The Key to Customer Centricity: It’s Not About You
The key to masterfully incorporating a customer-centric mindset into your business is actually really simple. It’s not about you. While this may sound incredibly obvious, many companies I run across have a difficult time getting their brains wrapped around this basic concept.
Here’s an example of what I mean:
Companies want data. Lots and lots of data. BIG data. How do they usually get it? By asking prospects and customers to fill out long forms and/or questionnaire before ever starting a relationship with them. From the companies’ perspective, this is a great way to collect important, vital information. I get that. But seen through the customer or prospects eyes, it can feel time consuming and intrusive, especially if the relationship hasn’t even gotten off the ground.
Think of it this way. Your first few interactions with a customer or prospect are like coffee dates. They are a chance to get to know each other. To find out if there’s enough there to keep going. Imagine sitting down for coffee for the very first time with someone. And you are immediately bombarded with question after question about yourself, your history, your likes, your dislikes, your salary, etc. While these are all important things to discover in a potential relationship, hitting someone you’ve just met with a barrage of questions is the fastest way to ensure there is no relationship. Mainly because the person asking comes off as a self-centered, and perhaps slightly creepy, jerk.
Now imagine sitting down to coffee with someone who is super interested in who you are. Who asks just a few simple questions and really listens to your answers. Who looks for common ground as you talk. And slowly moves the relationship forward just a little bit. And then asks to meet for coffee again. Or maybe a movie you mentioned wanting to see.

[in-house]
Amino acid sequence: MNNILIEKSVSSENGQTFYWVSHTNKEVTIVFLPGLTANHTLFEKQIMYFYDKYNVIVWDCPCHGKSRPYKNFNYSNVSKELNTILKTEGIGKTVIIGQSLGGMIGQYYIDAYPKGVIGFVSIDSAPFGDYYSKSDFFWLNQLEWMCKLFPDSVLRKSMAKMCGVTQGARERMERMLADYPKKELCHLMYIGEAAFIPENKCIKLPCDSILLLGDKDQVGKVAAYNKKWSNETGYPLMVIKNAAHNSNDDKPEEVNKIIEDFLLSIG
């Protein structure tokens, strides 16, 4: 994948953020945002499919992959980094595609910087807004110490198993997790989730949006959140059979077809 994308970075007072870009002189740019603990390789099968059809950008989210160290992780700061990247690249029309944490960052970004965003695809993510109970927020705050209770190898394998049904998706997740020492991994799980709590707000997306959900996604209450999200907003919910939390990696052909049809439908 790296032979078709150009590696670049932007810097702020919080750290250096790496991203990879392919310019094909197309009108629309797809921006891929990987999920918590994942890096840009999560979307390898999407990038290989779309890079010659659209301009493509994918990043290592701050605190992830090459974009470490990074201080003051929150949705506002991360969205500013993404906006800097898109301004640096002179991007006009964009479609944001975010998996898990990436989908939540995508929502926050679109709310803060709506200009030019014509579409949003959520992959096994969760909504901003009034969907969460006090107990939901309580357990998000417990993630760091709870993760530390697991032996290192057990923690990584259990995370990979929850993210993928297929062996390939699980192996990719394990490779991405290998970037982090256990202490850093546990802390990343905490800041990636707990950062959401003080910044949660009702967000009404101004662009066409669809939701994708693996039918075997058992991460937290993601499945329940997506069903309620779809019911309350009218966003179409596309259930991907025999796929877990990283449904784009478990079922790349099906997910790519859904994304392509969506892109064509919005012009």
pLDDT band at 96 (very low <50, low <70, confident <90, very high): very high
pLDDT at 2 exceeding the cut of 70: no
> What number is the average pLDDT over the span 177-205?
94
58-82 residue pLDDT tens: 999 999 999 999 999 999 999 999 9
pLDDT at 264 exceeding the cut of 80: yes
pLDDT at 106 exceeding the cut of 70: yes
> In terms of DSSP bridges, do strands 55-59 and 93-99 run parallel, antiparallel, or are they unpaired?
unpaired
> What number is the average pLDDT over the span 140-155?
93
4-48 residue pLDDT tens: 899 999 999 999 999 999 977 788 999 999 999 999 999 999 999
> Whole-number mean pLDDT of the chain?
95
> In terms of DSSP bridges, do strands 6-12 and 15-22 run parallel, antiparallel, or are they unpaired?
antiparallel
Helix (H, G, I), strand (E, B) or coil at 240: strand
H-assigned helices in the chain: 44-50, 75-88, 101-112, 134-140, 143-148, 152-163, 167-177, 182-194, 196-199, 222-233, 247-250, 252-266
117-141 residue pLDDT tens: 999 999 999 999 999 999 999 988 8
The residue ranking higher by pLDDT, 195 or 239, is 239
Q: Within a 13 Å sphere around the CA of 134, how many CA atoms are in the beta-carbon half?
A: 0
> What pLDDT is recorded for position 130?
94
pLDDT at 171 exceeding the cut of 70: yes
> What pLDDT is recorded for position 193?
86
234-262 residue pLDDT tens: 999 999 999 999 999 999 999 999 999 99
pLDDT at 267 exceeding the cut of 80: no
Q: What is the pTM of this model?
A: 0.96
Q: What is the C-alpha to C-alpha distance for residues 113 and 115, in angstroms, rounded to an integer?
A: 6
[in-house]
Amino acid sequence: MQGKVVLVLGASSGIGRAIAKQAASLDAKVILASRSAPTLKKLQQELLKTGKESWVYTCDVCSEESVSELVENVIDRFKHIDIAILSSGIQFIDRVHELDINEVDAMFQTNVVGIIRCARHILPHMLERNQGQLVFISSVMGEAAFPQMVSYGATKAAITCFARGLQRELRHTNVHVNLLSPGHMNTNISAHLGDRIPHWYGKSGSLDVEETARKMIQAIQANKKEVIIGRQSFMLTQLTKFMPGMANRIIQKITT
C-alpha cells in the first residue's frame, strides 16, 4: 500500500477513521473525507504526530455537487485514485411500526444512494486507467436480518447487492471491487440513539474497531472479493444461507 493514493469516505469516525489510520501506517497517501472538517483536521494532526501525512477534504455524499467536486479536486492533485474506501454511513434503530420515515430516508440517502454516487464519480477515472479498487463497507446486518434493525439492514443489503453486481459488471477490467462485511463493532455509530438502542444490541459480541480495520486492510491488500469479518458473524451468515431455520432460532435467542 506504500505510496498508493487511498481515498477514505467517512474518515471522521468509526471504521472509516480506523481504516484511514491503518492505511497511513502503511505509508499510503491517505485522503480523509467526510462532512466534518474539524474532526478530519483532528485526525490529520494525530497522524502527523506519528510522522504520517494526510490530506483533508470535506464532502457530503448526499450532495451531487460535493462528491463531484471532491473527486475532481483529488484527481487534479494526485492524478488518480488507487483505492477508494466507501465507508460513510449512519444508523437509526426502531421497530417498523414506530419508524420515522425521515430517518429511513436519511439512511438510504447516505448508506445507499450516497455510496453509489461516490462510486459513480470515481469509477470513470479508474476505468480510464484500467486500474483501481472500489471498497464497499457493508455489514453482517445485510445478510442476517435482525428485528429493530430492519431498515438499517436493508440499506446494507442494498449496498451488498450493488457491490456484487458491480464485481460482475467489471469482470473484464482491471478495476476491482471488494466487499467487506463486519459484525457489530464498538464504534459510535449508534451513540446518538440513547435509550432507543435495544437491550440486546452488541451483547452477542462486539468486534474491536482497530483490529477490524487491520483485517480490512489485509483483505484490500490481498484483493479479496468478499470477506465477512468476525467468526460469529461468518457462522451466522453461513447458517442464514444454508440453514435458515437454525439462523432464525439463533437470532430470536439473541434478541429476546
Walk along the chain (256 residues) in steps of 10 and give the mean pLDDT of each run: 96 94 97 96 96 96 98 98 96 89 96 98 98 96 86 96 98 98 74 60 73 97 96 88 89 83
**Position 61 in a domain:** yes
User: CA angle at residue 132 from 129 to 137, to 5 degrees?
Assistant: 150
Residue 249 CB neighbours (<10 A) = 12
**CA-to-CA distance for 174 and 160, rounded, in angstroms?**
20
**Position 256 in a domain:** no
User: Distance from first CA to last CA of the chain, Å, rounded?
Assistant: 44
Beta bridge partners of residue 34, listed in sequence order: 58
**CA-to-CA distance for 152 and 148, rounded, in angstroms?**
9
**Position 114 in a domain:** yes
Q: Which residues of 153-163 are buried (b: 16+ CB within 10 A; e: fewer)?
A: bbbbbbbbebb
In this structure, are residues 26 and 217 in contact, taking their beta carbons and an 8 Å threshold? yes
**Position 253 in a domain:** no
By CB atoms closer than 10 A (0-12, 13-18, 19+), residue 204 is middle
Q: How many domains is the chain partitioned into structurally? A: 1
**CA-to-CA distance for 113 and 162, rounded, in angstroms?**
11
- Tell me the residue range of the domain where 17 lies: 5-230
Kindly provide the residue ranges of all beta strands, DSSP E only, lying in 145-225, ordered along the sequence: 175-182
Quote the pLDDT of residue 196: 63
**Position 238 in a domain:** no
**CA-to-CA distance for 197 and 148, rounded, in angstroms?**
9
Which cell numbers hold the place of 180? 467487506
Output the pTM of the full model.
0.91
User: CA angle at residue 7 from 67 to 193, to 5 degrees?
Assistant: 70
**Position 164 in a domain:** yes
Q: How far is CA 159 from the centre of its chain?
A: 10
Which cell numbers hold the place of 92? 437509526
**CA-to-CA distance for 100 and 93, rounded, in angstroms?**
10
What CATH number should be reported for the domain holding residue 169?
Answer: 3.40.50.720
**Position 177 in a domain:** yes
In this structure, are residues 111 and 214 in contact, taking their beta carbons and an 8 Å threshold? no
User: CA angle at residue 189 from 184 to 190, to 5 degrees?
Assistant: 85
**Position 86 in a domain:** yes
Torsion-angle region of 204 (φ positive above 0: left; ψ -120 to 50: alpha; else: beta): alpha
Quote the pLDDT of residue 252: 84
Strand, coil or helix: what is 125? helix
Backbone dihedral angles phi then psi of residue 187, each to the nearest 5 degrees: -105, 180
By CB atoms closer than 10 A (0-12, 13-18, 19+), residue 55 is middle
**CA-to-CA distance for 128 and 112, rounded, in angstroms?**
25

Which of these scenarios has more appeal? Unless you’re into slightly creepy jerks, I’m betting it’s the second one. Why? Because that person is taking their time. Listening. Paying attention. Moving slowly. They will probably wind up getting the same information from you as the first person, but in a way that focuses on you and your comfort level not on their need to know everything all at once.
So if Customer Centricity is part of your business discussion, take a look at some of your basic and preliminary customer/prospect interactions. Better yet, become that preliminary customer or prospect and go through your company protocol. Who is the focus? Have you set up an easy interaction or an overly intrusive experience? Only one of those is customer centric. And the companies who get it right, will be the ones who build critical long-term relationships AND get the information they need.